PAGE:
When a server is installed, many commands are typed. When an application is installed, many config files are changed and though you may get a working machine slightly faster, it is good to document the install process as you go along for several reasons:
- By documenting the process, you can always know what was done months ago. This is specially important in teams where the person who implemented the server is unavailable during an emergency
- Because the process is documented, it is a lot easier to do the second time around. Not only do server crashes/ upgrades happen but who knows when you will need an additional server. Ideally, further than documenting the process, even allow for installation scripting... that will avoid errors when reinstalling in a rush.
- In case of a problem, it covers your bases (client or boss forget they actually asked you to do something in the first place), your mind is at ease because you can go back and say why things were done the way they were.
- It allows you to know how long things take to do things so you can more easily estimate future work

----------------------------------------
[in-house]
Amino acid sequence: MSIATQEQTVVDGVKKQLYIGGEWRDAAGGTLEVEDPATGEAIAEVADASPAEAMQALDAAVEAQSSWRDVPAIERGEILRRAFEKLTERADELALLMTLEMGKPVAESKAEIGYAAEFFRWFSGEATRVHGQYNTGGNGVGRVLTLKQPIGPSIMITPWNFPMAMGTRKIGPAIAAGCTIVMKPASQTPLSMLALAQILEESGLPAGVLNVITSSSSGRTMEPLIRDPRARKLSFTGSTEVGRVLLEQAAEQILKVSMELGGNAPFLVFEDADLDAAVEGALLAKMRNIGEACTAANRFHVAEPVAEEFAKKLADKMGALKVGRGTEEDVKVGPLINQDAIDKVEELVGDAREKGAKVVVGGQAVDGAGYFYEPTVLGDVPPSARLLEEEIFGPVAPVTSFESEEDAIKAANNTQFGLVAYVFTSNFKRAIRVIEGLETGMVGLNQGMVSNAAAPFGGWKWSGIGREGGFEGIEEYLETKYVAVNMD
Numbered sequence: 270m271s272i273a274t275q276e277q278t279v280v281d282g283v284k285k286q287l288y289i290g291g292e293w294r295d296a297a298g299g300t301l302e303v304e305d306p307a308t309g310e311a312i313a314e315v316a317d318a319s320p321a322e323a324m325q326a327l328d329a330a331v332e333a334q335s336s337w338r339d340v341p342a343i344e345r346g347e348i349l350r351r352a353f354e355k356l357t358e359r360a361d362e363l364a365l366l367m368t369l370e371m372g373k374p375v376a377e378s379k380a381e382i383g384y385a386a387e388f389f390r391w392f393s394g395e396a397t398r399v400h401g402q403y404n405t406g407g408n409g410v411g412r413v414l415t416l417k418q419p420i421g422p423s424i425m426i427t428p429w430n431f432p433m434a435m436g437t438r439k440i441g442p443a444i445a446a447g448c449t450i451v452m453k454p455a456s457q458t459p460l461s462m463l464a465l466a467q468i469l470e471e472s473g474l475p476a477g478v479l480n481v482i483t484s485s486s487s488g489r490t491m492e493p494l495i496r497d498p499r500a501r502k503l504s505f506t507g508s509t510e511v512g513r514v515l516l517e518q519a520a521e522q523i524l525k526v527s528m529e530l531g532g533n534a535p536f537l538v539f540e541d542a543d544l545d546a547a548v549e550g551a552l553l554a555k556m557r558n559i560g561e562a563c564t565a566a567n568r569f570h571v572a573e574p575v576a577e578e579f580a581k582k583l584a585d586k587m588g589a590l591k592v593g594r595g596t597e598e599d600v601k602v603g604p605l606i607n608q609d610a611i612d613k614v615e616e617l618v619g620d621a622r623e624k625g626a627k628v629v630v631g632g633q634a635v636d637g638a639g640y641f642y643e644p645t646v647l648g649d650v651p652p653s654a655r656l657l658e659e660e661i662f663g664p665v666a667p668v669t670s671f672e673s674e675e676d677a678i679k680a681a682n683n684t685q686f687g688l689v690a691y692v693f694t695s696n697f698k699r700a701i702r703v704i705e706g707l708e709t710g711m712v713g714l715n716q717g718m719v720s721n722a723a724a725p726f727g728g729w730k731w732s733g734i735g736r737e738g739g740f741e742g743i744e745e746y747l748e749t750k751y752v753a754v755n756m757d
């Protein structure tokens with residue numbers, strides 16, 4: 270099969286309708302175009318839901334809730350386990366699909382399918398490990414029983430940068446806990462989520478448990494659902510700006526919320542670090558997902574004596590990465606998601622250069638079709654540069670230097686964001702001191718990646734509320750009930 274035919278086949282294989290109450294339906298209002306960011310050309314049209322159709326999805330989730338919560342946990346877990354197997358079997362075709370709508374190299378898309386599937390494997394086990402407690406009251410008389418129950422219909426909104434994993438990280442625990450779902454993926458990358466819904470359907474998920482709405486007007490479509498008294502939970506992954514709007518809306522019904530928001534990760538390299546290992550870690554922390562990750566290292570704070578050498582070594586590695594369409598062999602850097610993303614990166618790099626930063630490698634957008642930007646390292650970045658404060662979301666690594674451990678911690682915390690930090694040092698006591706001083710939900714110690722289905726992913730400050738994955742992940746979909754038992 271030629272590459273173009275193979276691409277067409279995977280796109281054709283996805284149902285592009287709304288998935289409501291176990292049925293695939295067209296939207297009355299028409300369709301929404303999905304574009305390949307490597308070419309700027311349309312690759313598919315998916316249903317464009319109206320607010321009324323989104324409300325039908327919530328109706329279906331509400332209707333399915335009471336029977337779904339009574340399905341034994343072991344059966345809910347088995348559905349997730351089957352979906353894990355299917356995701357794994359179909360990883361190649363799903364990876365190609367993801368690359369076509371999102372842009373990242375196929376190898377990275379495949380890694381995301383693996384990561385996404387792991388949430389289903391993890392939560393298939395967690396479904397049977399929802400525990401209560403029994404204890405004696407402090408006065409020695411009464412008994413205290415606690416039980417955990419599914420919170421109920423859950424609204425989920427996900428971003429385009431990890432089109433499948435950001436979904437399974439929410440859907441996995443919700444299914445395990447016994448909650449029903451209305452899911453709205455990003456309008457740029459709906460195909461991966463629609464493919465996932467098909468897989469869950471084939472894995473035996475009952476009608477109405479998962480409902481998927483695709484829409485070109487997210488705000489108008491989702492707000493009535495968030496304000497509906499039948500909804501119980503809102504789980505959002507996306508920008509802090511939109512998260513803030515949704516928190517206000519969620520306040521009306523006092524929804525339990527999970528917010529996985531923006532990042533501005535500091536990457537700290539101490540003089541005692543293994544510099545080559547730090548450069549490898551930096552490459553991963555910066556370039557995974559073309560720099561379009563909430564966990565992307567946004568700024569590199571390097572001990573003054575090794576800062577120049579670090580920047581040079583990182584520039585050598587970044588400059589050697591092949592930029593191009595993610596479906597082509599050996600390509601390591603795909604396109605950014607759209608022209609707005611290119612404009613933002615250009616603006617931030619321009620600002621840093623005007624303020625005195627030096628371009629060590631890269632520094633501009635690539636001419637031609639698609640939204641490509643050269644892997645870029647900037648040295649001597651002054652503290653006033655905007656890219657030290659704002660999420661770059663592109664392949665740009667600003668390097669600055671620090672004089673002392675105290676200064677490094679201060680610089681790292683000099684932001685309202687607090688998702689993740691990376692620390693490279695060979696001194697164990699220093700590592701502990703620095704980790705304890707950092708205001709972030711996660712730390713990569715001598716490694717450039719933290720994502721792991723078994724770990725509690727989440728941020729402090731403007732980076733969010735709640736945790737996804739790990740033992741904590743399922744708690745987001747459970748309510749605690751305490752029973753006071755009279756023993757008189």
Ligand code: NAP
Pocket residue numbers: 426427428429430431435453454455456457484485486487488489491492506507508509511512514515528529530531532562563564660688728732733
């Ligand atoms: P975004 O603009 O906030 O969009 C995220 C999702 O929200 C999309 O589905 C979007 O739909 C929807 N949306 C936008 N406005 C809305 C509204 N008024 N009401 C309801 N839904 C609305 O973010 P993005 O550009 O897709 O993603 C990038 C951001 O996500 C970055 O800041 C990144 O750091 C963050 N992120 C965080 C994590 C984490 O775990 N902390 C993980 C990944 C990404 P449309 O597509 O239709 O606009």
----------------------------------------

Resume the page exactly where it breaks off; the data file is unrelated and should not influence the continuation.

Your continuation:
- By writing it down, it actually commits the experience to memory better and you can reflect on what to do better the next time
Ideally, going one step further, scripting the install process is good for several reasons
- Obviously, the speed is even greater
- it avoids errors and omissions
- there will be no hesitation if you need to reinstall the whole thing
- If you ever get hacked (and I hope not), you're back up with a new machine almost instantaneously
As for the backup, automate it and have more than one copy
- if the backup process is in a cron job, you will neither forget nor procrastinate, the computer does it on itself
- by having more than one copy, if one goes bad then you can rely on any other copy. A standard practice is to have five copies of the data, to be able to revert to any previous day should there be a problem. Though it some cases it is not practical because the data does not changes or it is not practical.
- With source code, use a revision control system such as GIT, CVS or subversion (does not matter which one, use one). if "it worked yesterday", you can always go back to yesterday's version